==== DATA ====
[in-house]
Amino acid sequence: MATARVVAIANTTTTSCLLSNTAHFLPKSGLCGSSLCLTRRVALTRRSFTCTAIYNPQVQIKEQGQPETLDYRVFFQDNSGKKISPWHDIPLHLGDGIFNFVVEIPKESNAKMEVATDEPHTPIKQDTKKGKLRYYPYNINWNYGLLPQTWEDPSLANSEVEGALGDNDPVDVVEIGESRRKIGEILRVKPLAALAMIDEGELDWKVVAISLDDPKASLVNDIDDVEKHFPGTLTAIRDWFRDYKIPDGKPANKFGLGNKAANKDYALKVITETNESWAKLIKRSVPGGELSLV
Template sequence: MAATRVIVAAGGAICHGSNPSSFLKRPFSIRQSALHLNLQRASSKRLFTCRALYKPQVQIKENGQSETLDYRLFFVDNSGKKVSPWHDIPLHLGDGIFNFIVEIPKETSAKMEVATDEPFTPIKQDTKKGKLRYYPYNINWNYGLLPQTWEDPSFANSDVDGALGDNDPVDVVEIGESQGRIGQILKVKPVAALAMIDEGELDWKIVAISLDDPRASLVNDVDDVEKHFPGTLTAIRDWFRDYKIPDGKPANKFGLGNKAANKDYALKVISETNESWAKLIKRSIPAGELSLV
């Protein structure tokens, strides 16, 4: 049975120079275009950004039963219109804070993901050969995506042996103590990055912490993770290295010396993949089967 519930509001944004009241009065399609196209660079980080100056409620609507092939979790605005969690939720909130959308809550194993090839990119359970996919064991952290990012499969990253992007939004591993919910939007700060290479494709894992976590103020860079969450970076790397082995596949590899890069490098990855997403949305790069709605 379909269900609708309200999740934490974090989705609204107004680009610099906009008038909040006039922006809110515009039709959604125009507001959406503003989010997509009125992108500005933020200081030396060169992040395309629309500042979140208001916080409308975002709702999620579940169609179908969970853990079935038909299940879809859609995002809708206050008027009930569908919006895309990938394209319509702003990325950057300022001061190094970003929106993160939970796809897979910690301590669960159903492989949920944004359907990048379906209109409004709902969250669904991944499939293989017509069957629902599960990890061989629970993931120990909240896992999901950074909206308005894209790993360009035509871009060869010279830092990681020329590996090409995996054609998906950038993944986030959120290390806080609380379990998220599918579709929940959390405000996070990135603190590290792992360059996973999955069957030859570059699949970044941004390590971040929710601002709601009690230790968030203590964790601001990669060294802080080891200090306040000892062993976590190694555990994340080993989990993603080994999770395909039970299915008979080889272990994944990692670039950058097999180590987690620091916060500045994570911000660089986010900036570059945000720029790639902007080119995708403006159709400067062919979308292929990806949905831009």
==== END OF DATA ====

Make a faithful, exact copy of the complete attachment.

[in-house]
Amino acid sequence: MATARVVAIANTTTTSCLLSNTAHFLPKSGLCGSSLCLTRRVALTRRSFTCTAIYNPQVQIKEQGQPETLDYRVFFQDNSGKKISPWHDIPLHLGDGIFNFVVEIPKESNAKMEVATDEPHTPIKQDTKKGKLRYYPYNINWNYGLLPQTWEDPSLANSEVEGALGDNDPVDVVEIGESRRKIGEILRVKPLAALAMIDEGELDWKVVAISLDDPKASLVNDIDDVEKHFPGTLTAIRDWFRDYKIPDGKPANKFGLGNKAANKDYALKVITETNESWAKLIKRSVPGGELSLV
Template sequence: MAATRVIVAAGGAICHGSNPSSFLKRPFSIRQSALHLNLQRASSKRLFTCRALYKPQVQIKENGQSETLDYRLFFVDNSGKKVSPWHDIPLHLGDGIFNFIVEIPKETSAKMEVATDEPFTPIKQDTKKGKLRYYPYNINWNYGLLPQTWEDPSFANSDVDGALGDNDPVDVVEIGESQGRIGQILKVKPVAALAMIDEGELDWKIVAISLDDPRASLVNDVDDVEKHFPGTLTAIRDWFRDYKIPDGKPANKFGLGNKAANKDYALKVISETNESWAKLIKRSIPAGELSLV
């Protein structure tokens, strides 16, 4: 049975120079275009950004039963219109804070993901050969995506042996103590990055912490993770290295010396993949089967 519930509001944004009241009065399609196209660079980080100056409620609507092939979790605005969690939720909130959308809550194993090839990119359970996919064991952290990012499969990253992007939004591993919910939007700060290479494709894992976590103020860079969450970076790397082995596949590899890069490098990855997403949305790069709605 379909269900609708309200999740934490974090989705609204107004680009610099906009008038909040006039922006809110515009039709959604125009507001959406503003989010997509009125992108500005933020200081030396060169992040395309629309500042979140208001916080409308975002709702999620579940169609179908969970853990079935038909299940879809859609995002809708206050008027009930569908919006895309990938394209319509702003990325950057300022001061190094970003929106993160939970796809897979910690301590669960159903492989949920944004359907990048379906209109409004709902969250669904991944499939293989017509069957629902599960990890061989629970993931120990909240896992999901950074909206308005894209790993360009035509871009060869010279830092990681020329590996090409995996054609998906950038993944986030959120290390806080609380379990998220599918579709929940959390405000996070990135603190590290792992360059996973999955069957030859570059699949970044941004390590971040929710601002709601009690230790968030203590964790601001990669060294802080080891200090306040000892062993976590190694555990994340080993989990993603080994999770395909039970299915008979080889272990994944990692670039950058097999180590987690620091916060500045994570911000660089986010900036570059945000720029790639902007080119995708403006159709400067062919979308292929990806949905831009």